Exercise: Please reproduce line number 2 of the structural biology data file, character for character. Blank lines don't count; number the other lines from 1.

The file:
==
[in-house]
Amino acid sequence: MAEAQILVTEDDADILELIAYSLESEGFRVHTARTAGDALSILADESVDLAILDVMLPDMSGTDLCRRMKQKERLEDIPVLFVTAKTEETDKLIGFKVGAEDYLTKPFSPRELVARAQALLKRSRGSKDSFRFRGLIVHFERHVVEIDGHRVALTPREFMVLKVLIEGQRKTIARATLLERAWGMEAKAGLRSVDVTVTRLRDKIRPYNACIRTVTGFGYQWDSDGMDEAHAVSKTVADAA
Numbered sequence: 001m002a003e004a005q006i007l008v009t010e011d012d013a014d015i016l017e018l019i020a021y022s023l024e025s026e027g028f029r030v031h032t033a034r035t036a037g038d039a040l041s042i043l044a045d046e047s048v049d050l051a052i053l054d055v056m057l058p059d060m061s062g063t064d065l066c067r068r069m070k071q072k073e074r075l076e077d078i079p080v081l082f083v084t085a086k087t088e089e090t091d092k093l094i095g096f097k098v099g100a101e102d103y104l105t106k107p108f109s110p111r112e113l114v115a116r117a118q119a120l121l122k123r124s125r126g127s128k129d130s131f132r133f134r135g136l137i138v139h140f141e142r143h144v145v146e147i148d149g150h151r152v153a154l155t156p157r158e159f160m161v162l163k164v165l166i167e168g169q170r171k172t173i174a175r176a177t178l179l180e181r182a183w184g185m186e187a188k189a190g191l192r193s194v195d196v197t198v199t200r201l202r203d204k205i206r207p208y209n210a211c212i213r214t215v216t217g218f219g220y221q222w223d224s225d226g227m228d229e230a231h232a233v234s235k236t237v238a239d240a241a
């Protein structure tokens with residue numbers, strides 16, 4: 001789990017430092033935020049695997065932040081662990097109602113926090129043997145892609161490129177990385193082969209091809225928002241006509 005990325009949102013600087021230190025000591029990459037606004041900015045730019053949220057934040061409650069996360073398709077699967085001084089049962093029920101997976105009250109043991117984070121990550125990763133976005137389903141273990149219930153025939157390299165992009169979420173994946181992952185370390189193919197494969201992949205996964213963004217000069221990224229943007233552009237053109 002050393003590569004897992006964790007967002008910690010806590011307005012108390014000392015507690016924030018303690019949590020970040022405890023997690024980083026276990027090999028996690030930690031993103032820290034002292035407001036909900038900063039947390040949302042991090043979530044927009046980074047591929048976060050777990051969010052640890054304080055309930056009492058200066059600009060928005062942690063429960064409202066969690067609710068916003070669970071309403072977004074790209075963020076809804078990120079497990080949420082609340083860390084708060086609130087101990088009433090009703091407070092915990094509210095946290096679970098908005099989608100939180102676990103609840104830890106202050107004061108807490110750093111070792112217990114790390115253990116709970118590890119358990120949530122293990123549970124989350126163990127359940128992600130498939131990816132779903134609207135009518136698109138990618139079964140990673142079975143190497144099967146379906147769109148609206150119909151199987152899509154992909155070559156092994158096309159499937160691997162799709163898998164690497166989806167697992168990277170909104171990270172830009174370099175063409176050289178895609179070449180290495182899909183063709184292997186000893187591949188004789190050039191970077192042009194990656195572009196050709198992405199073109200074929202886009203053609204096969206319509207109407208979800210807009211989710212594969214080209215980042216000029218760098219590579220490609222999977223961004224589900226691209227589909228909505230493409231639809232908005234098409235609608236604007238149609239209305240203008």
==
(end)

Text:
Amino acid sequence: MAEAQILVTEDDADILELIAYSLESEGFRVHTARTAGDALSILADESVDLAILDVMLPDMSGTDLCRRMKQKERLEDIPVLFVTAKTEETDKLIGFKVGAEDYLTKPFSPRELVARAQALLKRSRGSKDSFRFRGLIVHFERHVVEIDGHRVALTPREFMVLKVLIEGQRKTIARATLLERAWGMEAKAGLRSVDVTVTRLRDKIRPYNACIRTVTGFGYQWDSDGMDEAHAVSKTVADAA